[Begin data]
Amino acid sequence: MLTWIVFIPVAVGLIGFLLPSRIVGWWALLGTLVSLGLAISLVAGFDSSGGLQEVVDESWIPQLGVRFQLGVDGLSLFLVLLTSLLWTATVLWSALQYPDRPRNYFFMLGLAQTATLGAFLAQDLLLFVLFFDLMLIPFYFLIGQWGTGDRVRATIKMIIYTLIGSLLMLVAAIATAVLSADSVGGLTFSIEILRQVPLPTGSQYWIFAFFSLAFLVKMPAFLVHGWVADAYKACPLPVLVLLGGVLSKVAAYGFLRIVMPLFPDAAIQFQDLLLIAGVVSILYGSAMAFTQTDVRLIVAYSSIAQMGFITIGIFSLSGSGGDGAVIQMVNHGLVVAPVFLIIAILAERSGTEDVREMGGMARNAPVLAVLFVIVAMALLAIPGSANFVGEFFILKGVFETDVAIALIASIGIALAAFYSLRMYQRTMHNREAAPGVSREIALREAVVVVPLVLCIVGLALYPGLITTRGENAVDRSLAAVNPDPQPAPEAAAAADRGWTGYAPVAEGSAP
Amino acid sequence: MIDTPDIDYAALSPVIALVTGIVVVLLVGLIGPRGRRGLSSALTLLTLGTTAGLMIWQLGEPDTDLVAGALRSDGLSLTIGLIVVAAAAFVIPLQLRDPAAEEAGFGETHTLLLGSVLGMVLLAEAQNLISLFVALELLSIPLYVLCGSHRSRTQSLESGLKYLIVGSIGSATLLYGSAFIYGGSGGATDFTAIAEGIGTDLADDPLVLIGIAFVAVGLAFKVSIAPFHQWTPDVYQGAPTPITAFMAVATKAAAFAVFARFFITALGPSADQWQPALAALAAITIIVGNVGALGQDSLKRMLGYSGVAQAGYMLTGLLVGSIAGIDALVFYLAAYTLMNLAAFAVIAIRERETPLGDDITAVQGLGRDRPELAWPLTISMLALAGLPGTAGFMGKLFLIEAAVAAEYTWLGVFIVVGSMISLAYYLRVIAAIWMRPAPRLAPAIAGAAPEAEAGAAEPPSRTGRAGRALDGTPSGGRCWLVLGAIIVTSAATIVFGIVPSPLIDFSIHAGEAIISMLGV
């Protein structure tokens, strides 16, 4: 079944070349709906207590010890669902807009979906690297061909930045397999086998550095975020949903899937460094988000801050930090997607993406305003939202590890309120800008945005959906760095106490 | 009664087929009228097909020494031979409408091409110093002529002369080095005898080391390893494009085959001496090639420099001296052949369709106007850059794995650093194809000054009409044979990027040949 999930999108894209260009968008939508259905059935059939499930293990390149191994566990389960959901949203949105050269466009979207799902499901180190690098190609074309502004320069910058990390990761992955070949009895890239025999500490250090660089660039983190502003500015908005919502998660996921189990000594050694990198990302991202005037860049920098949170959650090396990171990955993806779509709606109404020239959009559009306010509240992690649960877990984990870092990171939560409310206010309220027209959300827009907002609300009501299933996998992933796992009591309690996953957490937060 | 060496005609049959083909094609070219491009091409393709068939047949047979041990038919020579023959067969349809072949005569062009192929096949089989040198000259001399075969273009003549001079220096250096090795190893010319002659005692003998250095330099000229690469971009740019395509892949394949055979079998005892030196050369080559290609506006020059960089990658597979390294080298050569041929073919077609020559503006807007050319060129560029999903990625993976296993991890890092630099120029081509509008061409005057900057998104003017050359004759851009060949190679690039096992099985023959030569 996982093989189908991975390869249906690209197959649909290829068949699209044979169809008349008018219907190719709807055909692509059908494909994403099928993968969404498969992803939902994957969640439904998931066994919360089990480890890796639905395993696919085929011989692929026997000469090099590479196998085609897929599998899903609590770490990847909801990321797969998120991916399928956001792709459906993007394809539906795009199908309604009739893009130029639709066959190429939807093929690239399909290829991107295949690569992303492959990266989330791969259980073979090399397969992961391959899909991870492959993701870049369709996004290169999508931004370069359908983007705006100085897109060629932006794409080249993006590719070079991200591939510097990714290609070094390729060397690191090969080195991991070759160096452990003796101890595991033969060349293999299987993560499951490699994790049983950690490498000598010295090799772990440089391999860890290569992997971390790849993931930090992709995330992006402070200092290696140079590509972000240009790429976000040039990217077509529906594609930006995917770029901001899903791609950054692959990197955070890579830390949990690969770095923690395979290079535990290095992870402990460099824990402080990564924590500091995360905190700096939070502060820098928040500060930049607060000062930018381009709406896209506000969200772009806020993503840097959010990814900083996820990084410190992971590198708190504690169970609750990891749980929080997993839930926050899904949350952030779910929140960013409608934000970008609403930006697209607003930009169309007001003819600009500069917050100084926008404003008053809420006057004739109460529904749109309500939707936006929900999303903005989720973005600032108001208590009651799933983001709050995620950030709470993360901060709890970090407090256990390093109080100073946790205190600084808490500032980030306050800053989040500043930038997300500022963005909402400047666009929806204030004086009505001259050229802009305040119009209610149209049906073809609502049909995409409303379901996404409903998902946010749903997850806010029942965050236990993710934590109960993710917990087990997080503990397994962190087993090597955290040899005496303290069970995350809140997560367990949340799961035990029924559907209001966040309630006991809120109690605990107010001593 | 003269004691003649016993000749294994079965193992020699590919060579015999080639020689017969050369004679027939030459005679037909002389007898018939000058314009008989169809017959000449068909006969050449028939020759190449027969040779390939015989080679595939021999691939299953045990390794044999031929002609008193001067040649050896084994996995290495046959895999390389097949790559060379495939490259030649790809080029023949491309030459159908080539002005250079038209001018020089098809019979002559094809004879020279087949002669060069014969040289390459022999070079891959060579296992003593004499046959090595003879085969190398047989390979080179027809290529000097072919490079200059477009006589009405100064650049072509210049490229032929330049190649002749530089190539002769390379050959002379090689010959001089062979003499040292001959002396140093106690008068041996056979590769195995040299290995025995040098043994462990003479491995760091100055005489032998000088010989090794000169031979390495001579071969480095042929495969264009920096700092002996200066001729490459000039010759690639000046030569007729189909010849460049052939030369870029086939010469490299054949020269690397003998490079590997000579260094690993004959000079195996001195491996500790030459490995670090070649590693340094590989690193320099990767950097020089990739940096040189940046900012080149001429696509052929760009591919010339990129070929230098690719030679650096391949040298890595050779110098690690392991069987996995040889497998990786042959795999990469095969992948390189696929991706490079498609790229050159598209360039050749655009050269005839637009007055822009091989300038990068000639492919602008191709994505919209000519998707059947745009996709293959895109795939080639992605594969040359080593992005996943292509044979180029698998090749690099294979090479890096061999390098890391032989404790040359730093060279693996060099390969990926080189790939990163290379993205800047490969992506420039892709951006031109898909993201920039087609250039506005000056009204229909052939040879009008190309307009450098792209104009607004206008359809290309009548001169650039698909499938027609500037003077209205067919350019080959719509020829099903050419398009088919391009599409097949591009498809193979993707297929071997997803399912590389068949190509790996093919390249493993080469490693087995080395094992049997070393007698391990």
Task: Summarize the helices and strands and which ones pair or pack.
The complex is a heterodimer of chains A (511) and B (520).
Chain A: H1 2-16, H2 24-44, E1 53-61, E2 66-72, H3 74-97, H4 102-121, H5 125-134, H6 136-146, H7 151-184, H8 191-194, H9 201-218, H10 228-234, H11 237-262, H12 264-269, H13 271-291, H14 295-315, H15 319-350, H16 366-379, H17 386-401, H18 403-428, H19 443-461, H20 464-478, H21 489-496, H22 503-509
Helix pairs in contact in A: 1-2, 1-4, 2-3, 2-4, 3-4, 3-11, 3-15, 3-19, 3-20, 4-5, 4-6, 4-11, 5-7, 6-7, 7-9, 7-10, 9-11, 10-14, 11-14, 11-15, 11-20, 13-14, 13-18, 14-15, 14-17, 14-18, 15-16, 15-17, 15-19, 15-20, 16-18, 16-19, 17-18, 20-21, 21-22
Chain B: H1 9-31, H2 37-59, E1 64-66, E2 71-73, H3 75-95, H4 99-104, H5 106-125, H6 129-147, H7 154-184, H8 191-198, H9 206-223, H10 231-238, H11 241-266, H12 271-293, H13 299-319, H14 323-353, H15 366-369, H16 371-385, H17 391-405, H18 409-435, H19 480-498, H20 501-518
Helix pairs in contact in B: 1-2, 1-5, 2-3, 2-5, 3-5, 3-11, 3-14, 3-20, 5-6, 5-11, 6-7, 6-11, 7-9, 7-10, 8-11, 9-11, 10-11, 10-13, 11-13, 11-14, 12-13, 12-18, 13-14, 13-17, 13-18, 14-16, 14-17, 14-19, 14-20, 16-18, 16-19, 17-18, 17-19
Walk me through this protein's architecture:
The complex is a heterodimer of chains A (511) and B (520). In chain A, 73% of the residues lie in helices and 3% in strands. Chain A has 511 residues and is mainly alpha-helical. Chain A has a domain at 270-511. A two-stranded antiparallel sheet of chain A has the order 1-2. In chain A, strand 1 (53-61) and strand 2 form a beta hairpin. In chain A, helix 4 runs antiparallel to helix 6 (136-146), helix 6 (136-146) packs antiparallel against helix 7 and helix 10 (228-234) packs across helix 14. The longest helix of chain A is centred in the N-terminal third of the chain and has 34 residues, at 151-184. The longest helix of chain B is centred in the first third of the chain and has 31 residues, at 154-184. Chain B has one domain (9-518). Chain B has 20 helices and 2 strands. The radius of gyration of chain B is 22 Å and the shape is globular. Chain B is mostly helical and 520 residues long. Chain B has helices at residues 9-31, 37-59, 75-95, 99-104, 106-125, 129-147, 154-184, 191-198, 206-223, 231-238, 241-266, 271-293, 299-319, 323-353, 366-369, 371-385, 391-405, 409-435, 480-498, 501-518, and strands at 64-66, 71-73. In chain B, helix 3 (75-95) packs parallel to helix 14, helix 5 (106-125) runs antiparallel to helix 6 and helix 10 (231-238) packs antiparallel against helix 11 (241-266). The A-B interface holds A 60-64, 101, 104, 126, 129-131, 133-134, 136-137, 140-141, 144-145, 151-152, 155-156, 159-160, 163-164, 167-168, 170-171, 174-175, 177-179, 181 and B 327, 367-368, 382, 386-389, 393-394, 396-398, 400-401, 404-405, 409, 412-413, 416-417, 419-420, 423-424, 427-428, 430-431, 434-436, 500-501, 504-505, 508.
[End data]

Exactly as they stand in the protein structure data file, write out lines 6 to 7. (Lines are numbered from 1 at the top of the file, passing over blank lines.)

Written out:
Chain A: H1 2-16, H2 24-44, E1 53-61, E2 66-72, H3 74-97, H4 102-121, H5 125-134, H6 136-146, H7 151-184, H8 191-194, H9 201-218, H10 228-234, H11 237-262, H12 264-269, H13 271-291, H14 295-315, H15 319-350, H16 366-379, H17 386-401, H18 403-428, H19 443-461, H20 464-478, H21 489-496, H22 503-509
Helix pairs in contact in A: 1-2, 1-4, 2-3, 2-4, 3-4, 3-11, 3-15, 3-19, 3-20, 4-5, 4-6, 4-11, 5-7, 6-7, 7-9, 7-10, 9-11, 10-14, 11-14, 11-15, 11-20, 13-14, 13-18, 14-15, 14-17, 14-18, 15-16, 15-17, 15-19, 15-20, 16-18, 16-19, 17-18, 20-21, 21-22